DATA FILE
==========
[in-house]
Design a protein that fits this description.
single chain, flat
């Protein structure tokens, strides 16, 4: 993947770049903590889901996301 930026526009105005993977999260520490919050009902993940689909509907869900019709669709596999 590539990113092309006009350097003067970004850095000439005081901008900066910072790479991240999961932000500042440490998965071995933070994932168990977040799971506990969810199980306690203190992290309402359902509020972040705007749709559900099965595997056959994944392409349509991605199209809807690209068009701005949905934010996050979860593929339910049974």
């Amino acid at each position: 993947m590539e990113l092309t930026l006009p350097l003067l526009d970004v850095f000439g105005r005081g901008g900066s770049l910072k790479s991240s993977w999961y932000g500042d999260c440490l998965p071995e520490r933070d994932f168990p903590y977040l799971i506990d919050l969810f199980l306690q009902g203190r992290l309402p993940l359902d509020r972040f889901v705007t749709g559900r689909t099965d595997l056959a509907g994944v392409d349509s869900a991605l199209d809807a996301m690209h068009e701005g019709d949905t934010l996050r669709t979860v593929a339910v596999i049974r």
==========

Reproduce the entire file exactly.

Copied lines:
[in-house]
Design a protein that fits this description.
single chain, flat
């Protein structure tokens, strides 16, 4: 993947770049903590889901996301 930026526009105005993977999260520490919050009902993940689909509907869900019709669709596999 590539990113092309006009350097003067970004850095000439005081901008900066910072790479991240999961932000500042440490998965071995933070994932168990977040799971506990969810199980306690203190992290309402359902509020972040705007749709559900099965595997056959994944392409349509991605199209809807690209068009701005949905934010996050979860593929339910049974």
């Amino acid at each position: 993947m590539e990113l092309t930026l006009p350097l003067l526009d970004v850095f000439g105005r005081g901008g900066s770049l910072k790479s991240s993977w999961y932000g500042d999260c440490l998965p071995e520490r933070d994932f168990p903590y977040l799971i506990d919050l969810f199980l306690q009902g203190r992290l309402p993940l359902d509020r972040f889901v705007t749709g559900r689909t099965d595997l056959a509907g994944v392409d349509s869900a991605l199209d809807a996301m690209h068009e701005g019709d949905t934010l996050r669709t979860v593929a339910v596999i049974r």